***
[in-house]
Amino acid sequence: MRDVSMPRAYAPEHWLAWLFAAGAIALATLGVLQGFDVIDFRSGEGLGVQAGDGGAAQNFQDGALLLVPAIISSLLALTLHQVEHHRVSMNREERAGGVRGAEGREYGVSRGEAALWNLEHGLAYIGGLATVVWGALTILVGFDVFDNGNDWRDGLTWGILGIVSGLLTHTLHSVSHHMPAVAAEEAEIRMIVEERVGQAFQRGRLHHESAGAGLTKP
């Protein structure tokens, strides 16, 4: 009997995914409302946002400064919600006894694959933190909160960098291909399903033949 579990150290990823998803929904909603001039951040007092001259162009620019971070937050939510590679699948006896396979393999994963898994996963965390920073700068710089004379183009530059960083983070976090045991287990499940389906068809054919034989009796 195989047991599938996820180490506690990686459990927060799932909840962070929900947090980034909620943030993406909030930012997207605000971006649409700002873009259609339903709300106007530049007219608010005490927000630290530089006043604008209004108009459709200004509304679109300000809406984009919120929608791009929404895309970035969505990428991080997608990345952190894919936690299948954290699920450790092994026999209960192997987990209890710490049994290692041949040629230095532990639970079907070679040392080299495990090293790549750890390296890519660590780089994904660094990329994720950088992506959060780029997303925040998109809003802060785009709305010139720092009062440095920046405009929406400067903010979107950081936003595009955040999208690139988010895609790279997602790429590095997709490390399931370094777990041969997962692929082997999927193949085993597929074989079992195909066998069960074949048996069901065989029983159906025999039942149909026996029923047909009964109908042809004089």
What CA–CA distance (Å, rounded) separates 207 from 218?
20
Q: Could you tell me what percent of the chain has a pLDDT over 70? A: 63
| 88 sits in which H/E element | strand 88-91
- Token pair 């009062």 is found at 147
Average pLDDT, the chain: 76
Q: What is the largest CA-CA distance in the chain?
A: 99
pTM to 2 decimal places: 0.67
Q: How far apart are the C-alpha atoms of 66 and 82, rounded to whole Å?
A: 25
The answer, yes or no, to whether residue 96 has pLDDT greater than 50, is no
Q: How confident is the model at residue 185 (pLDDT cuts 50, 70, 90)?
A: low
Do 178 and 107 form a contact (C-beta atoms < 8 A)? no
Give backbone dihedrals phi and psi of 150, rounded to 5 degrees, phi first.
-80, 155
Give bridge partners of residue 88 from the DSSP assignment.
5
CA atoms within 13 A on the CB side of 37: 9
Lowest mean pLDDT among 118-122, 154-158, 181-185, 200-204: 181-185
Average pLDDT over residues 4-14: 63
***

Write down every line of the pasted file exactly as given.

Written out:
[in-house]
Amino acid sequence: MRDVSMPRAYAPEHWLAWLFAAGAIALATLGVLQGFDVIDFRSGEGLGVQAGDGGAAQNFQDGALLLVPAIISSLLALTLHQVEHHRVSMNREERAGGVRGAEGREYGVSRGEAALWNLEHGLAYIGGLATVVWGALTILVGFDVFDNGNDWRDGLTWGILGIVSGLLTHTLHSVSHHMPAVAAEEAEIRMIVEERVGQAFQRGRLHHESAGAGLTKP
């Protein structure tokens, strides 16, 4: 009997995914409302946002400064919600006894694959933190909160960098291909399903033949 579990150290990823998803929904909603001039951040007092001259162009620019971070937050939510590679699948006896396979393999994963898994996963965390920073700068710089004379183009530059960083983070976090045991287990499940389906068809054919034989009796 195989047991599938996820180490506690990686459990927060799932909840962070929900947090980034909620943030993406909030930012997207605000971006649409700002873009259609339903709300106007530049007219608010005490927000630290530089006043604008209004108009459709200004509304679109300000809406984009919120929608791009929404895309970035969505990428991080997608990345952190894919936690299948954290699920450790092994026999209960192997987990209890710490049994290692041949040629230095532990639970079907070679040392080299495990090293790549750890390296890519660590780089994904660094990329994720950088992506959060780029997303925040998109809003802060785009709305010139720092009062440095920046405009929406400067903010979107950081936003595009955040999208690139988010895609790279997602790429590095997709490390399931370094777990041969997962692929082997999927193949085993597929074989079992195909066998069960074949048996069901065989029983159906025999039942149909026996029923047909009964109908042809004089």
What CA–CA distance (Å, rounded) separates 207 from 218?
20
Q: Could you tell me what percent of the chain has a pLDDT over 70? A: 63
| 88 sits in which H/E element | strand 88-91
- Token pair 């009062």 is found at 147
Average pLDDT, the chain: 76
Q: What is the largest CA-CA distance in the chain?
A: 99
pTM to 2 decimal places: 0.67
Q: How far apart are the C-alpha atoms of 66 and 82, rounded to whole Å?
A: 25
The answer, yes or no, to whether residue 96 has pLDDT greater than 50, is no
Q: How confident is the model at residue 185 (pLDDT cuts 50, 70, 90)?
A: low
Do 178 and 107 form a contact (C-beta atoms < 8 A)? no
Give backbone dihedrals phi and psi of 150, rounded to 5 degrees, phi first.
-80, 155
Give bridge partners of residue 88 from the DSSP assignment.
5
CA atoms within 13 A on the CB side of 37: 9
Lowest mean pLDDT among 118-122, 154-158, 181-185, 200-204: 181-185
Average pLDDT over residues 4-14: 63